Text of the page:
Photoshop

Creating a Simple Shadow

Let's start our shadow work by creating a basic shadow for some strawberries. Our unretouched image, Figure 2-9, is a good example; most shadows I am asked to create are this type of simple basic shadow.

Having said that though, one must pay special attention to the shape, size, and density of the shadow, as such a simple shadow on a stark background will look really out of place if it isn't correct. Using some basic techniques, we can give these strawberries a realistic shadow, as revealed in Figure 2-10.

Figure 2-9. Before: Shadowless strawberries in space

Figure 2-10. After: Strawberries with the proper shadow

Isolating the Image

To start, we'll need to isolate the image of the strawberries. If the image is being removed from a background and put on a white or tinted background, I usually crop the image with the pen tool. As you can see in Figure 2-11, I usually add a small amount of softness to the pen tool selection (Select » Feather), depending on what the rest of the image looks like. In this case, I've added a Feather Radius of 0.2.

Figure 2-11. Use the Feather command to add softness to an image when selecting

It is very important to make sure that when an object is close-cropped out of an existing background, you take special note of the original softness of the image. If you crop an image out without any softness at all, the edge of the cropped image will look like it has been cut out with a knife and simply stuck down on the new background.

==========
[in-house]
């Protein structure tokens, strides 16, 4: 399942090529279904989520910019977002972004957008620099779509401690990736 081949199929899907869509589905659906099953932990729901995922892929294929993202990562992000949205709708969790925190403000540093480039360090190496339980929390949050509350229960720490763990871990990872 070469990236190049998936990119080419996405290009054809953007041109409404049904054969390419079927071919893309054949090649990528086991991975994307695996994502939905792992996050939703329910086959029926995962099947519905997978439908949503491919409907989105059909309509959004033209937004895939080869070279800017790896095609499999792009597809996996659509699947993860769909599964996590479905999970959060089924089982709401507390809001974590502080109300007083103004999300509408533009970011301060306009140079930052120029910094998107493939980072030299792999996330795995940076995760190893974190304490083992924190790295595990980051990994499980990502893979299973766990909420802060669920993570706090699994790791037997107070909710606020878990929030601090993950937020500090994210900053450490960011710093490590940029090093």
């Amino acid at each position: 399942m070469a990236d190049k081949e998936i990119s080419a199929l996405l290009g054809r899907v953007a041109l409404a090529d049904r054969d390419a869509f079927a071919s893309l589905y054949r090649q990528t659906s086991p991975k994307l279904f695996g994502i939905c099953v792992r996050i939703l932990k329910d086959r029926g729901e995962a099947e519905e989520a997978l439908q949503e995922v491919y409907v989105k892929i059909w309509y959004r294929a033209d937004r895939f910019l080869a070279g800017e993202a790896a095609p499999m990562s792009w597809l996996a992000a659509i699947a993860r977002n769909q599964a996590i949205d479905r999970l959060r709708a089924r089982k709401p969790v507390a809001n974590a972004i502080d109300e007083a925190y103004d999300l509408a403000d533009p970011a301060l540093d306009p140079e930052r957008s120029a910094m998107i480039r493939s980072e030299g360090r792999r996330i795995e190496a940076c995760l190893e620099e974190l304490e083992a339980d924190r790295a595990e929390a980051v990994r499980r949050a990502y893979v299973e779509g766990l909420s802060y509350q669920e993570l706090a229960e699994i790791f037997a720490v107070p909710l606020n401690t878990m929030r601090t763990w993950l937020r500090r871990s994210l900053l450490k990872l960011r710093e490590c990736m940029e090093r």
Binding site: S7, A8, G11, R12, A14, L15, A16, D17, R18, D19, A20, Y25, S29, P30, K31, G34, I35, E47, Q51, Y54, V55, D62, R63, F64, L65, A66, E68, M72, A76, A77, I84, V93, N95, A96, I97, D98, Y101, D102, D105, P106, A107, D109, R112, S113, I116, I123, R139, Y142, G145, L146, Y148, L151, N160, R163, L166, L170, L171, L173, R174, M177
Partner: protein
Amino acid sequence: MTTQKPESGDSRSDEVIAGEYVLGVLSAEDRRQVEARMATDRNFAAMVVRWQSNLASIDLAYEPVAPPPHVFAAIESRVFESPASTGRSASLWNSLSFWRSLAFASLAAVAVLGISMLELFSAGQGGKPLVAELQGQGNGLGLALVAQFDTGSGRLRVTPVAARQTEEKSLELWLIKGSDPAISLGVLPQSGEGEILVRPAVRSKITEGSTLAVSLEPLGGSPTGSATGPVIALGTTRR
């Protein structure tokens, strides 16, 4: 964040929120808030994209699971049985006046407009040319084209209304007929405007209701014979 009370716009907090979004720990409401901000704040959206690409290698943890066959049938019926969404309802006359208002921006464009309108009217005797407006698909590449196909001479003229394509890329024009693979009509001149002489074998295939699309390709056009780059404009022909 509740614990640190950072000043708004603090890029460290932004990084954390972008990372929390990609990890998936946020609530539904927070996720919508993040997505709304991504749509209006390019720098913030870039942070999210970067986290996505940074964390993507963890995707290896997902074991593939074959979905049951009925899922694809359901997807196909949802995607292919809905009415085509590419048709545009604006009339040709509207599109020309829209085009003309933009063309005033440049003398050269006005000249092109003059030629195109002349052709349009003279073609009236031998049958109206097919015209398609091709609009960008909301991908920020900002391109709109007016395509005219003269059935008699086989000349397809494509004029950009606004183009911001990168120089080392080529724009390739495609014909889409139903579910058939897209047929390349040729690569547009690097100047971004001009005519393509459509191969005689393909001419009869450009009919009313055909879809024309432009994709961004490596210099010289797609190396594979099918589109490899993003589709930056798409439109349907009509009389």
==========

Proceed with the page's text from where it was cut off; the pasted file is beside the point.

A good rule of thumb for determining the correct softness is to have a look at the original image, zoom in to a large degree, and see how the pixels of the image feather off into the background. Although this is not all that measurable in terms of an exact measurement, it will give you a visual cue as to the amount of softness you should add. Adding softness is a very visual thing, and to use the exact amount each time may not work for all images. You'll have to experiment. It is not unusual for me to make more than a couple of attempts before I figure out exactly where I want the softness setting to be.

You do not want to get " jaggies" on the edges of a newly cropped imageor have it be too soft in a sharp setting, or conversely, have it too sharp in a soft settingso make sure that your cropping softness accurately reflects the rest of your destination image.

Note that adding softness to the image may add a small "halo" around the edges of the image, particularly around the darkest areas. When a dark shadow is added, there may be an edge between the shadow and the cup, as you can see in Figure 2-12. You may have to edit this later.

Figure 2-12. Note the halo effect around the edge of the strawberries
by BrainBellupdated
Advertisement: